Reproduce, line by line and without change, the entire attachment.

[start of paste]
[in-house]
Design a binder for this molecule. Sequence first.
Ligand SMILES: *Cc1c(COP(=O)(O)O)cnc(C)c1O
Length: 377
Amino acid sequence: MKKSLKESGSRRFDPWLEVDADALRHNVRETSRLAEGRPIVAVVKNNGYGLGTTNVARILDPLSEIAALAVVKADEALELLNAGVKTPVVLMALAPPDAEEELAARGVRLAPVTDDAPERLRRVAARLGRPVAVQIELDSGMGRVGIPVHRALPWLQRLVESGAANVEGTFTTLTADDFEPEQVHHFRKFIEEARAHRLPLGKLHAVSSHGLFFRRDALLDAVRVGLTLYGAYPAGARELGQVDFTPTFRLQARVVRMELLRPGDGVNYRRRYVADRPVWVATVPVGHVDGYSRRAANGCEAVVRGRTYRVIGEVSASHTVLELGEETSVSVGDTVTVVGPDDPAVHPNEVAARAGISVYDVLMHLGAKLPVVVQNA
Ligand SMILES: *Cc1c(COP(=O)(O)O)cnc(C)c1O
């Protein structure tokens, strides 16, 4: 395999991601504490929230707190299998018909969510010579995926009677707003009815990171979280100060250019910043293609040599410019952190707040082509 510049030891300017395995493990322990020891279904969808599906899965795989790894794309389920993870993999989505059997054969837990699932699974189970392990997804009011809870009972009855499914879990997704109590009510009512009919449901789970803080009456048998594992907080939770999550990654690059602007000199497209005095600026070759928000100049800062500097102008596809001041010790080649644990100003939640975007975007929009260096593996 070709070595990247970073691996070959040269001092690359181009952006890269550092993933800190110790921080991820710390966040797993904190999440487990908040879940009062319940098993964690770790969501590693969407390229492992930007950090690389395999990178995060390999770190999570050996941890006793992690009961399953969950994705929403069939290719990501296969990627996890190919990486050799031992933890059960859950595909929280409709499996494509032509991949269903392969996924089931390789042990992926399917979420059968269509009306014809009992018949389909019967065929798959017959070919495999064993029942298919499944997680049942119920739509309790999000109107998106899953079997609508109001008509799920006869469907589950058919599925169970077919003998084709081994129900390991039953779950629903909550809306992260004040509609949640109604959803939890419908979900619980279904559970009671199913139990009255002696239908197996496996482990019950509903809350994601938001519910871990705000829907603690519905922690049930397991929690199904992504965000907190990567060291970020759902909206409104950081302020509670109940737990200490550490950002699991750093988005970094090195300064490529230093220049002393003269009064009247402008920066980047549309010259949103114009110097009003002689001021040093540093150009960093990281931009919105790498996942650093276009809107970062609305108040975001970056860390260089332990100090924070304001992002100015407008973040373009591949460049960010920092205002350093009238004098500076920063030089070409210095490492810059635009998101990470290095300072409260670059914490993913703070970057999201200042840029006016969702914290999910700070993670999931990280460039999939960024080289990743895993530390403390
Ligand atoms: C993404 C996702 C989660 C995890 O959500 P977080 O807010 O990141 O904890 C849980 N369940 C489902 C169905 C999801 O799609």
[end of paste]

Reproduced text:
[in-house]
Design a binder for this molecule. Sequence first.
Ligand SMILES: *Cc1c(COP(=O)(O)O)cnc(C)c1O
Length: 377
Amino acid sequence: MKKSLKESGSRRFDPWLEVDADALRHNVRETSRLAEGRPIVAVVKNNGYGLGTTNVARILDPLSEIAALAVVKADEALELLNAGVKTPVVLMALAPPDAEEELAARGVRLAPVTDDAPERLRRVAARLGRPVAVQIELDSGMGRVGIPVHRALPWLQRLVESGAANVEGTFTTLTADDFEPEQVHHFRKFIEEARAHRLPLGKLHAVSSHGLFFRRDALLDAVRVGLTLYGAYPAGARELGQVDFTPTFRLQARVVRMELLRPGDGVNYRRRYVADRPVWVATVPVGHVDGYSRRAANGCEAVVRGRTYRVIGEVSASHTVLELGEETSVSVGDTVTVVGPDDPAVHPNEVAARAGISVYDVLMHLGAKLPVVVQNA
Ligand SMILES: *Cc1c(COP(=O)(O)O)cnc(C)c1O
């Protein structure tokens, strides 16, 4: 395999991601504490929230707190299998018909969510010579995926009677707003009815990171979280100060250019910043293609040599410019952190707040082509 510049030891300017395995493990322990020891279904969808599906899965795989790894794309389920993870993999989505059997054969837990699932699974189970392990997804009011809870009972009855499914879990997704109590009510009512009919449901789970803080009456048998594992907080939770999550990654690059602007000199497209005095600026070759928000100049800062500097102008596809001041010790080649644990100003939640975007975007929009260096593996 070709070595990247970073691996070959040269001092690359181009952006890269550092993933800190110790921080991820710390966040797993904190999440487990908040879940009062319940098993964690770790969501590693969407390229492992930007950090690389395999990178995060390999770190999570050996941890006793992690009961399953969950994705929403069939290719990501296969990627996890190919990486050799031992933890059960859950595909929280409709499996494509032509991949269903392969996924089931390789042990992926399917979420059968269509009306014809009992018949389909019967065929798959017959070919495999064993029942298919499944997680049942119920739509309790999000109107998106899953079997609508109001008509799920006869469907589950058919599925169970077919003998084709081994129900390991039953779950629903909550809306992260004040509609949640109604959803939890419908979900619980279904559970009671199913139990009255002696239908197996496996482990019950509903809350994601938001519910871990705000829907603690519905922690049930397991929690199904992504965000907190990567060291970020759902909206409104950081302020509670109940737990200490550490950002699991750093988005970094090195300064490529230093220049002393003269009064009247402008920066980047549309010259949103114009110097009003002689001021040093540093150009960093990281931009919105790498996942650093276009809107970062609305108040975001970056860390260089332990100090924070304001992002100015407008973040373009591949460049960010920092205002350093009238004098500076920063030089070409210095490492810059635009998101990470290095300072409260670059914490993913703070970057999201200042840029006016969702914290999910700070993670999931990280460039999939960024080289990743895993530390403390
Ligand atoms: C993404 C996702 C989660 C995890 O959500 P977080 O807010 O990141 O904890 C849980 N369940 C489902 C169905 C999801 O799609």